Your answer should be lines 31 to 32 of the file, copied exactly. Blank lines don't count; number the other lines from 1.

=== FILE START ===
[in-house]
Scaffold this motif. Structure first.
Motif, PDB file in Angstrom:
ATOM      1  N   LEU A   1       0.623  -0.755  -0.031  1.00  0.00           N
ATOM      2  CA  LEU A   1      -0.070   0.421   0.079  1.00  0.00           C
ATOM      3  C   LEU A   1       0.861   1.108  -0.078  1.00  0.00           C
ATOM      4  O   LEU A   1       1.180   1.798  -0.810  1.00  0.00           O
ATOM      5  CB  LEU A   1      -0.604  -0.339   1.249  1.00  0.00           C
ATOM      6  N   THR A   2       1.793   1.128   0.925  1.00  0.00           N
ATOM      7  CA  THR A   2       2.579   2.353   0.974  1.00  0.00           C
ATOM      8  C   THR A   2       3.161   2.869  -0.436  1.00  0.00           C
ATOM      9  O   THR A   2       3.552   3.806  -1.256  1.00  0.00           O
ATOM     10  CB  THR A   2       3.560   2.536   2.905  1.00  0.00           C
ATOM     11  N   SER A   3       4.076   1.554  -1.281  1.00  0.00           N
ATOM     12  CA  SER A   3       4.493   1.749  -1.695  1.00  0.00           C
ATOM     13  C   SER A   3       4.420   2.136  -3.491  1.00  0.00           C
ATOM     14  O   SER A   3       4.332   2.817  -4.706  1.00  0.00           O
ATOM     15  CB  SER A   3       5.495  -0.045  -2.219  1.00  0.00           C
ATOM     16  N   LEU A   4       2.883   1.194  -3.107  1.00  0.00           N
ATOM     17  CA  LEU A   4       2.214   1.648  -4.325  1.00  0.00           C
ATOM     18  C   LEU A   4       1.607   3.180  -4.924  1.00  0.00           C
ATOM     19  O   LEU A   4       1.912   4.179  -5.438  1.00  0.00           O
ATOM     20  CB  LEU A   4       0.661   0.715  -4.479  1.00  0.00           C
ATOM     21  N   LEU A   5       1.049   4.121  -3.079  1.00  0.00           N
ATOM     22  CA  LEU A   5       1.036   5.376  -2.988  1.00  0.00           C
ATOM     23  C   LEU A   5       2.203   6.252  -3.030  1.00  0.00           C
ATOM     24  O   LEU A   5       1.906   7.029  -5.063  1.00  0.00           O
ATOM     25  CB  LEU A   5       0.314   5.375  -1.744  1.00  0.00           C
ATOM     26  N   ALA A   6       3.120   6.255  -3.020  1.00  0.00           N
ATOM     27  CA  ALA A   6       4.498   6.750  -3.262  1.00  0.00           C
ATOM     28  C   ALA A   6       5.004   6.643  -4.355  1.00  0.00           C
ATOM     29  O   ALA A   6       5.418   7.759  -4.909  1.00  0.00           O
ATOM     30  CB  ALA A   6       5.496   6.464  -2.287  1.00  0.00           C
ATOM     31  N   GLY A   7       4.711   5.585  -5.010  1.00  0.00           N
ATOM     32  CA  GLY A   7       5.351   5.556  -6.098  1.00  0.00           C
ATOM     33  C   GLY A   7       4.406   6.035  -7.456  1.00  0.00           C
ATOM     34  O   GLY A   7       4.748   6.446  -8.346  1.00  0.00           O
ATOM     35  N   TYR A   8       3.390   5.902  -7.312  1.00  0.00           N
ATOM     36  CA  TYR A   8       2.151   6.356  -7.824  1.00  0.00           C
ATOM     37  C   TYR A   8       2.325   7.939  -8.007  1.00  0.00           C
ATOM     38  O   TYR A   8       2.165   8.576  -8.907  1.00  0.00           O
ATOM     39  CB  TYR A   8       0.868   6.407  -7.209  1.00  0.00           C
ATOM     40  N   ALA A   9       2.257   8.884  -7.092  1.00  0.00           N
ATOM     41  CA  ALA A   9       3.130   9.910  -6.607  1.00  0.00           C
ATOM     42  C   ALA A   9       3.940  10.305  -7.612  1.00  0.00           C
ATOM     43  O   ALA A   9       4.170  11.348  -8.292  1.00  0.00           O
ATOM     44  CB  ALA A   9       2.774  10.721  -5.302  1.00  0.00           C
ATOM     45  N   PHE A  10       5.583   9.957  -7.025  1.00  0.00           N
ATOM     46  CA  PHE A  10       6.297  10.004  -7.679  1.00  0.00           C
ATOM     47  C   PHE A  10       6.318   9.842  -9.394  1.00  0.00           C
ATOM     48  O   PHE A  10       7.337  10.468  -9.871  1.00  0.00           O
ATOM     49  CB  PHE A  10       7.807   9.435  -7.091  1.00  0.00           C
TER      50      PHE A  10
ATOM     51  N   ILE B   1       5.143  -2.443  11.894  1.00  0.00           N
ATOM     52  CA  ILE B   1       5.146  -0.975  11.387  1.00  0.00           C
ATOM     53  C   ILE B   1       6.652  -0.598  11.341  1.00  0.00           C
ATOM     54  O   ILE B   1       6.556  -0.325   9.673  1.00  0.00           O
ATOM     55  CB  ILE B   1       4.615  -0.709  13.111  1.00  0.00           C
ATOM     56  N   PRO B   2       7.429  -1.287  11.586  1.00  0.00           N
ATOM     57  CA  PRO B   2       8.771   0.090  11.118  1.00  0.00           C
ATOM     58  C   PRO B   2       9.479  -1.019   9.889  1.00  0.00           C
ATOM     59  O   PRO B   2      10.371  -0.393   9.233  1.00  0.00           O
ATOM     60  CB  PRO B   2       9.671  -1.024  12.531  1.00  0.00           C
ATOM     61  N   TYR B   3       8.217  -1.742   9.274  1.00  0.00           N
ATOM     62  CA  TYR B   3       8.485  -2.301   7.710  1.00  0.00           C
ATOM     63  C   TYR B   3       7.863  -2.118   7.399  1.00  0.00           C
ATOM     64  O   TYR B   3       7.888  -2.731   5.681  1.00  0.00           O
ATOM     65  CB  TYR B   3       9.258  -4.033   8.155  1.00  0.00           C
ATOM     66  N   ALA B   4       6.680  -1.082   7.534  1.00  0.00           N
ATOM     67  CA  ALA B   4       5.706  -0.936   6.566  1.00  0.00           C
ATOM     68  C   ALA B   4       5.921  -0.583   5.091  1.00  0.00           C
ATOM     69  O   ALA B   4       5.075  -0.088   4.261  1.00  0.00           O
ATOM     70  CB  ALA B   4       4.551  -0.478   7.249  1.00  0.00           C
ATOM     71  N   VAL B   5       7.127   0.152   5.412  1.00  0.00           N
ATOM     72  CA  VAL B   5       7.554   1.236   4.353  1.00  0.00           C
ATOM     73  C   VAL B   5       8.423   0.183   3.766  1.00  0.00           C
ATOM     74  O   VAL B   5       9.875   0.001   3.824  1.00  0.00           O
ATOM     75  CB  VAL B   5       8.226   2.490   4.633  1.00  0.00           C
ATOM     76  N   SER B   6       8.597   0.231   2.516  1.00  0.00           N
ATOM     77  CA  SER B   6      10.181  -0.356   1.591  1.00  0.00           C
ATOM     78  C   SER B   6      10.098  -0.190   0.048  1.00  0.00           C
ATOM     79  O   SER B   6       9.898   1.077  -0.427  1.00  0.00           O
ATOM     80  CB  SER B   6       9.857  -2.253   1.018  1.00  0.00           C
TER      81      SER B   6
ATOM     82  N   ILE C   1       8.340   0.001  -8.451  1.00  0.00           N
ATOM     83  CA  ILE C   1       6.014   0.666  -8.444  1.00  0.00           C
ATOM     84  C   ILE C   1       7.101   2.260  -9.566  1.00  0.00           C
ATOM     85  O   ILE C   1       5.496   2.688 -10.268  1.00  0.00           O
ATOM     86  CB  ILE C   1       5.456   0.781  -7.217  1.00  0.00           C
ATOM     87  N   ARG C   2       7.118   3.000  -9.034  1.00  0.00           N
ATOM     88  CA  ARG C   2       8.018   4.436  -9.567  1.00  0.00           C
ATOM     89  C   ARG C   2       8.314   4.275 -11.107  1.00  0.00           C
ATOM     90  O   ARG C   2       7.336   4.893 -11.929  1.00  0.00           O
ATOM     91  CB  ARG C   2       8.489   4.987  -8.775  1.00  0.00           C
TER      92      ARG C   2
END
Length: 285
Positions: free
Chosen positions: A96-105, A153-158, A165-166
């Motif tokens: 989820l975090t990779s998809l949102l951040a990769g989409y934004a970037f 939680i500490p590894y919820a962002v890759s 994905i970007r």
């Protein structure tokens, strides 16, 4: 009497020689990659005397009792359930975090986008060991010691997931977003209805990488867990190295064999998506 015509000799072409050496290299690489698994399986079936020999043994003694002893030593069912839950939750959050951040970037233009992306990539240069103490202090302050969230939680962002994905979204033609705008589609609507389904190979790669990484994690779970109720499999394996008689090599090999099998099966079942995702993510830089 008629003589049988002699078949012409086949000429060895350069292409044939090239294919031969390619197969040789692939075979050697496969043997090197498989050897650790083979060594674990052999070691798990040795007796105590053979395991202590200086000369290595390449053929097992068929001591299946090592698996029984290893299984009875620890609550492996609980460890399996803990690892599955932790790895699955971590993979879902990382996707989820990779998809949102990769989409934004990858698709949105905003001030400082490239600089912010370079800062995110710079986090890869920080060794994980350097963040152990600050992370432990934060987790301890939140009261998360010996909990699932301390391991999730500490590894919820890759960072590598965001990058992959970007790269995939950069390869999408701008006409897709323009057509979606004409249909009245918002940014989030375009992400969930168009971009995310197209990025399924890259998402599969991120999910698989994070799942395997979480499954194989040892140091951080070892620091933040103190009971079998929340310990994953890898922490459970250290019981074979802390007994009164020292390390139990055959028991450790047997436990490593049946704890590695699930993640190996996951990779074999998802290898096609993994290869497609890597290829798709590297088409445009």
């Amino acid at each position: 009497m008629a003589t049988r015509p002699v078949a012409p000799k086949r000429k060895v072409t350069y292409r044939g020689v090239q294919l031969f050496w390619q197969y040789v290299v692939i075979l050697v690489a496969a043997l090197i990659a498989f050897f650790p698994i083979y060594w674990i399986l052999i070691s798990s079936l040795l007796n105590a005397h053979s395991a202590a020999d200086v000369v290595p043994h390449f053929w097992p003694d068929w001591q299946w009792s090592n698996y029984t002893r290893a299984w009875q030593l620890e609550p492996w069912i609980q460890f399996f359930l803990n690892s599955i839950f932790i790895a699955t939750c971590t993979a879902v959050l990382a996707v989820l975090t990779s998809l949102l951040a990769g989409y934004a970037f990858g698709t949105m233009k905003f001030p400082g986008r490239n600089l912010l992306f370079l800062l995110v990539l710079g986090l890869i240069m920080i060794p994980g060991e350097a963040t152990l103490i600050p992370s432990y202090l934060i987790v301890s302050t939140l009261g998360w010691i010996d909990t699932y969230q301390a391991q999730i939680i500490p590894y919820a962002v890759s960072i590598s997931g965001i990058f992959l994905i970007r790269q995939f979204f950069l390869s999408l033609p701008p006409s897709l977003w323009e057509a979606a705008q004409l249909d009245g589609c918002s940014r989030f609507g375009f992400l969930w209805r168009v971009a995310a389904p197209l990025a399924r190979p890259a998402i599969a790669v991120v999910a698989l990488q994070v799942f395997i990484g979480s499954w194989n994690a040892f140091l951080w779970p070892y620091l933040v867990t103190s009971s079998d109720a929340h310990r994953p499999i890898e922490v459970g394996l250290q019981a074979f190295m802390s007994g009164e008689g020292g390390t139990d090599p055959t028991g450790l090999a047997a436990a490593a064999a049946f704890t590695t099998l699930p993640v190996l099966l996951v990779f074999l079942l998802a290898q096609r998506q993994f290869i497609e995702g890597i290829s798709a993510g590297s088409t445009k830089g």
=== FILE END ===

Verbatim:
ATOM     28  C   ALA A   6       5.004   6.643  -4.355  1.00  0.00           C
ATOM     29  O   ALA A   6       5.418   7.759  -4.909  1.00  0.00           O